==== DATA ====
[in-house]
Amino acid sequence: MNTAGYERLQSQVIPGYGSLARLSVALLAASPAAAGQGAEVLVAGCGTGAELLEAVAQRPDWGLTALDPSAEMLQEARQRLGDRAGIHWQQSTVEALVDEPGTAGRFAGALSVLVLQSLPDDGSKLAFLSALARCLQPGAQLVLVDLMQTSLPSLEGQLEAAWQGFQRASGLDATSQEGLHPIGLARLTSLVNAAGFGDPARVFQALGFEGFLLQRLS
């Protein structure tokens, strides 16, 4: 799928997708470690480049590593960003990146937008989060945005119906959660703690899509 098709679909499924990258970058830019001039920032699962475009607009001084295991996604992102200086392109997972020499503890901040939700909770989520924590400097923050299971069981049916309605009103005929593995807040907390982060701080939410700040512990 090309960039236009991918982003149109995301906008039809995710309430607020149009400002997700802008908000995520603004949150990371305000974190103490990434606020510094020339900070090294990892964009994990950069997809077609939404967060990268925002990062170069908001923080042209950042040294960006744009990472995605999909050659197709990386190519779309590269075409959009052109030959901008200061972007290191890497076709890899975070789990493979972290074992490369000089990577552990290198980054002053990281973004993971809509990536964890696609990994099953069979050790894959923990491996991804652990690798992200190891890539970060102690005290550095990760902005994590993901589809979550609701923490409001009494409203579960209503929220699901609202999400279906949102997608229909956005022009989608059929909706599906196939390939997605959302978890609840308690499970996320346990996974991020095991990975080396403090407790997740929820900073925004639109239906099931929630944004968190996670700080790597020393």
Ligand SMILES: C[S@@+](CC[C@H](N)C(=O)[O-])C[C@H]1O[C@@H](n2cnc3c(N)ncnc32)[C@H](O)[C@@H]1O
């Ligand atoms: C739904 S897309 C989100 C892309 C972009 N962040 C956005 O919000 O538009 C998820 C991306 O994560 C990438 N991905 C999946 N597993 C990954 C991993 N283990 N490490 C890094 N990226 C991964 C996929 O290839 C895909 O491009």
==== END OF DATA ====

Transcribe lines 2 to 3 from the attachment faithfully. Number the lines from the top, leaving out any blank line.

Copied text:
Amino acid sequence: MNTAGYERLQSQVIPGYGSLARLSVALLAASPAAAGQGAEVLVAGCGTGAELLEAVAQRPDWGLTALDPSAEMLQEARQRLGDRAGIHWQQSTVEALVDEPGTAGRFAGALSVLVLQSLPDDGSKLAFLSALARCLQPGAQLVLVDLMQTSLPSLEGQLEAAWQGFQRASGLDATSQEGLHPIGLARLTSLVNAAGFGDPARVFQALGFEGFLLQRLS
């Protein structure tokens, strides 16, 4: 799928997708470690480049590593960003990146937008989060945005119906959660703690899509 098709679909499924990258970058830019001039920032699962475009607009001084295991996604992102200086392109997972020499503890901040939700909770989520924590400097923050299971069981049916309605009103005929593995807040907390982060701080939410700040512990 090309960039236009991918982003149109995301906008039809995710309430607020149009400002997700802008908000995520603004949150990371305000974190103490990434606020510094020339900070090294990892964009994990950069997809077609939404967060990268925002990062170069908001923080042209950042040294960006744009990472995605999909050659197709990386190519779309590269075409959009052109030959901008200061972007290191890497076709890899975070789990493979972290074992490369000089990577552990290198980054002053990281973004993971809509990536964890696609990994099953069979050790894959923990491996991804652990690798992200190891890539970060102690005290550095990760902005994590993901589809979550609701923490409001009494409203579960209503929220699901609202999400279906949102997608229909956005022009989608059929909706599906196939390939997605959302978890609840308690499970996320346990996974991020095991990975080396403090407790997740929820900073925004639109239906099931929630944004968190996670700080790597020393």